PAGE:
5G Will Be Foundational: Three factors will characterize the evolution of technology required for a truly smart and connected world.
First, computing will be everywhere and in everything. More than 50 billion things and devices are expected to be connected by 2020, in addition to more than 200 billion connected sensors – all generating massive volumes of data.
The second factor shaping the future of technology – compute, analytics and storage capabilities distributed into the fabric of the network – turns connected things and data into meaningful insight for making faster, better informed decisions much closer to the edge device. For instance, in just milliseconds two autonomous vehicles will be able to sense a collision and communicate directly with each other to prevent an accident. First responders will use data and insight from the sensors embedded in their uniforms and in the environment around them to fight fires more efficiently and help save more lives.
Pervasive connectivity between the things, through the network and to the cloud is the third factor shaping the future of technology. Intel is laying the groundwork for a smarter and more connected world with 5G technologies. 5G is the next generation wireless network built to unleash the potential of the billions of things and devices and the data they will generate for amazing new experiences. 5G connectivity will be foundational to linking everything that is around us and continually feed the virtuous cycle of growth for the industry.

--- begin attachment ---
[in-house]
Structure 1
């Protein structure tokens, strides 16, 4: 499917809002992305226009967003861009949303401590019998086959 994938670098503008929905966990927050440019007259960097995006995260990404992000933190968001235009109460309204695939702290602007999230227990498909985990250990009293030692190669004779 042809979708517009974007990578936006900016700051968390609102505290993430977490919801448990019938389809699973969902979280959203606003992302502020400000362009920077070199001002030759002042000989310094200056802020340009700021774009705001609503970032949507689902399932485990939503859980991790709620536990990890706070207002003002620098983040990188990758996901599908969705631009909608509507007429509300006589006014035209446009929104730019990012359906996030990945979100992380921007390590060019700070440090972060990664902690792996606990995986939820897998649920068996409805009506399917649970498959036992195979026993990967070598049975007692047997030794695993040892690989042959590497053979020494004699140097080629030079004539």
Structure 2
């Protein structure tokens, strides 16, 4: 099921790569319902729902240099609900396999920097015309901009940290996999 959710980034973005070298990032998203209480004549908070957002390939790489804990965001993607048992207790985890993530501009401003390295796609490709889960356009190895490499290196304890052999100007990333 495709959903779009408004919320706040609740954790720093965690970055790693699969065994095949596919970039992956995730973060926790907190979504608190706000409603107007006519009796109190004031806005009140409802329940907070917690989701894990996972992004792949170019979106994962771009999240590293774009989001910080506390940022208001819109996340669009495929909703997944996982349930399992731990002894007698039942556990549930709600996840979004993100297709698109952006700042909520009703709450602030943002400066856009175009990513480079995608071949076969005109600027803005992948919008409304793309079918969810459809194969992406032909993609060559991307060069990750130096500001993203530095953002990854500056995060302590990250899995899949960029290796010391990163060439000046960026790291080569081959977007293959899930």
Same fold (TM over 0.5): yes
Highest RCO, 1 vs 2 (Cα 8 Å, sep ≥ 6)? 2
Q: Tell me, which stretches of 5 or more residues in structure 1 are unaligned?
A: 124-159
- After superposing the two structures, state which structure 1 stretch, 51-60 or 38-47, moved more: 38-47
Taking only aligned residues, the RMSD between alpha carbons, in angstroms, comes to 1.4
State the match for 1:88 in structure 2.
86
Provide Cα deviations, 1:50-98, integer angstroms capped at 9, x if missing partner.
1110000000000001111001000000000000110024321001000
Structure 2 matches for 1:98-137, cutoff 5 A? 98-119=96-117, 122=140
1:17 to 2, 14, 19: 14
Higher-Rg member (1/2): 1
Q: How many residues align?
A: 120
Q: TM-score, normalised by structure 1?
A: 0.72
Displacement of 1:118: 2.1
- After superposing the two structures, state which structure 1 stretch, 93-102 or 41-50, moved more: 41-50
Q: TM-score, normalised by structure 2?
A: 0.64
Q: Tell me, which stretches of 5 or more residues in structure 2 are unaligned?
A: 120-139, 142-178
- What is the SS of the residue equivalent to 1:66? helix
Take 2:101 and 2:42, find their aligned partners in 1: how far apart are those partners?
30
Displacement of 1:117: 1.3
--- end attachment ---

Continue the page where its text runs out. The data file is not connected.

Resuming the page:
To build this foundation we need faster, more efficient and intelligent networks. Intel is uniquely positioned to power 5G end-to-end with solutions from the device to the network and cloud, as well as to enable meaningful collaboration with cross-industry leaders – from device manufacturers to equipment makers to network operators.
AT&T Chief Strategy Officer John Donovan took the IDF stage to discuss the transformation of the network and services delivery and the importance of long-term planning, early technology enabling, deep architectural collaboration, validation and optimizations. To get there, AT&T is already using server, cloud and virtualization technologies to more quickly and cost-efficiently deliver more value to its customers. Through an expanded collaboration with Intel, AT&T will continue to accelerate its development, deployment and monetization of new services in the cloud and throughout its infrastructure, laying the foundation for delivering cutting-edge capabilities. This is a great example of the type of collaborative approach Intel and the industry will need to help create a 5G-enabled world.
The interconnectedness of the three factors will be the game changer in the next era of computing. It is not only already reshaping how we, as an industry, design, develop and build – but also how we partner and with whom. It is a true illustration of the idea that the future is what we make together.